2020 was an exciting year for Mac users because Apple finally released computers powered by their own custom silicon. Despite this, for some reason, it was the year that I finally caved and decided to build a Hackintosh. For about 7 years, I only ever owned laptops, and the 15” MacBook Pro was what I used as a “desktop substitute”. I liked the idea of using a portable as my primary machine, as it meant that whether I was at home, at school, or traveling, I would have access to all of my files. In addition, the most intensive activities that I used my computer for were compiling code and playing League — both workloads that MacBook Pro can easily handle.
However, when Riot released VALORANT, that was the first PC game that pushed the performance of the machine. To Riot’s credit, the game is impressively well-optimized for lower-spec devices, and I was used to playing on minimal graphical settings from my Team Fortress 2 days (loading custom ultra-low spec configs to gain every last frame), but once I started streaming gameplay for archival purposes, that really started to push the limits of the laptop.
Perhaps the straw that finally broke the camel’s back is that one day I noticed that my laptop kind of… rocked back and forth on a flat surface, and it turns out that was because the battery was starting to bulge. Feeling guilty that this was probably a result of me stressing it whilst in clamshell mode for several hours at a time, I decided it was time to build a real desktop PC to play the games that I wanted to play. Since one of my other friends who feels equally strongly about macOS built a dual-booting Hackintosh earlier this year without much trouble (allegedly), I was convinced. Also, Apple’s move to ditch Intel and move to native silicon suggests that macOS compatibility will only become worse as time goes on, meaning I might as well get in on the action now.
Onto the Build
In terms of hardware, I decided to choose a part list nearly identical to another one that I found online that reportedly had good compatibility with macOS. My only non-negotiable was having Thunderbolt 3 support; without it, running my UltraWide monitor at native resolution would be a huge hassle. As nice as it would have been use an AMD CPU or an NVIDIA GPU, the benefits did not outweigh the lack of easy compatibility in my mind, so an i9-9900K and the RX 5700 XT was the best I could do. Since every build needs a spec list, here we go:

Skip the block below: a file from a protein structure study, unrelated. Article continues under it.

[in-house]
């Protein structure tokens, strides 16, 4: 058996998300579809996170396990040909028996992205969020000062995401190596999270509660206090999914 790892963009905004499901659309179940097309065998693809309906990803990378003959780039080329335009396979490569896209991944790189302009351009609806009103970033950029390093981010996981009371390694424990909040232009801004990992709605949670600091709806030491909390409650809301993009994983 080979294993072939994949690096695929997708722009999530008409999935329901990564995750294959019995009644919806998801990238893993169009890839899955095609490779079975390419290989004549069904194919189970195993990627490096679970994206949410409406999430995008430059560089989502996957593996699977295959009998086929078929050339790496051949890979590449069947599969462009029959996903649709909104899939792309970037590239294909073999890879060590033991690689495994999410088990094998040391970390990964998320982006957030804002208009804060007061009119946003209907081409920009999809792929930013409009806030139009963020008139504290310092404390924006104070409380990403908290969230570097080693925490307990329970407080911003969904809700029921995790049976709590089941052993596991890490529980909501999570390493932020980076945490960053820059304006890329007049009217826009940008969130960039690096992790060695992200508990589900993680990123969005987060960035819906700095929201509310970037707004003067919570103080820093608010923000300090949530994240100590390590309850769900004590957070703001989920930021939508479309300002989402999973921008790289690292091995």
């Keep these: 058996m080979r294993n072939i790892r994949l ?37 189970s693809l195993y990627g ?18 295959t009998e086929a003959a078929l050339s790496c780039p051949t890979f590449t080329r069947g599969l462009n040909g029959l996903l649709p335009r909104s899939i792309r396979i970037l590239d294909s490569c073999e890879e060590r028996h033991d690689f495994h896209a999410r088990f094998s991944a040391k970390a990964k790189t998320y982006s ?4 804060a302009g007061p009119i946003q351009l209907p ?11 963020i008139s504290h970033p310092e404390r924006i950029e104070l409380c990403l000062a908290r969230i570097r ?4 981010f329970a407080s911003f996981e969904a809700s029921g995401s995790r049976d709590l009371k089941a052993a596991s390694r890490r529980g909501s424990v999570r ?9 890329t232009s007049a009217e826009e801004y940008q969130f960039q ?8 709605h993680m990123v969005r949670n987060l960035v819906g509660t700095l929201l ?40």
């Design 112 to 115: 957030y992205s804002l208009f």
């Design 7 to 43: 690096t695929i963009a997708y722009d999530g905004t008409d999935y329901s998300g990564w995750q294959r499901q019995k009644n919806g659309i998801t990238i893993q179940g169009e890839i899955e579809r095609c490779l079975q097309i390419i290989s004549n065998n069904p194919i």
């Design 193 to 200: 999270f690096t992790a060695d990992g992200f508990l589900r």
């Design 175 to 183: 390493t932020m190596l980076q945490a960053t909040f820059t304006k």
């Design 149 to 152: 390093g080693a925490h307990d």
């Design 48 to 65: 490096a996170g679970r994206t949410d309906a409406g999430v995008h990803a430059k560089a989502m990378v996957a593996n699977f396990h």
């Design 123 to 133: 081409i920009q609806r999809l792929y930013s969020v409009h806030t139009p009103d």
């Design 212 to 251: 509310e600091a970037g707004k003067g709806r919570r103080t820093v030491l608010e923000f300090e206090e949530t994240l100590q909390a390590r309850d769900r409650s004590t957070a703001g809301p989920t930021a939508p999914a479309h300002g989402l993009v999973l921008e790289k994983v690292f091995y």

- Motherboard: Gigabyte Z390 Aorus Ultra
- CPU: Intel Core i9-9900K
- GPU: Gigabyte Aorus Radeon RX 5700 XT
- RAM: 4×16GB 3600MHz DDR4 HyperX Fury
- Storage: Samsung 970 EVO 2TB (macOS), 500GB (Windows)
- Case: Fractal Design Meshify C
- PSU: Seasonic Prime 850 Titanium
- TB3 Card: Gigabyte Titan Ridge 2.0
- CPU Cooler: Noctua NH-D15
- Case Fans: 3× Noctua NF-A14, 1× Noctua NF-S12A
Building a PC feels like a rite of passage of sorts for the types of people who spend the majority of their waking hours using a computer, so I was very excited to finally get to partake in it. Having not ever built a computer before, I prepared by watching far too many build videos (primarily from Vancouver-based Linus Tech Tips).
The build itself went fairly smoothly, with the exception of the fact that the Noctua CPU cooler I went with is so incredibly massive that once it’s installed, it’s very tough to access a lot of other parts of the motherboard, including the PCIe release tab. This was an issue when I first booted the system and the GPU fan was spinning at 100% and I thought I might have had a faulty card, but somehow after installing some drivers on the Windows side, it thankfully fixed itself.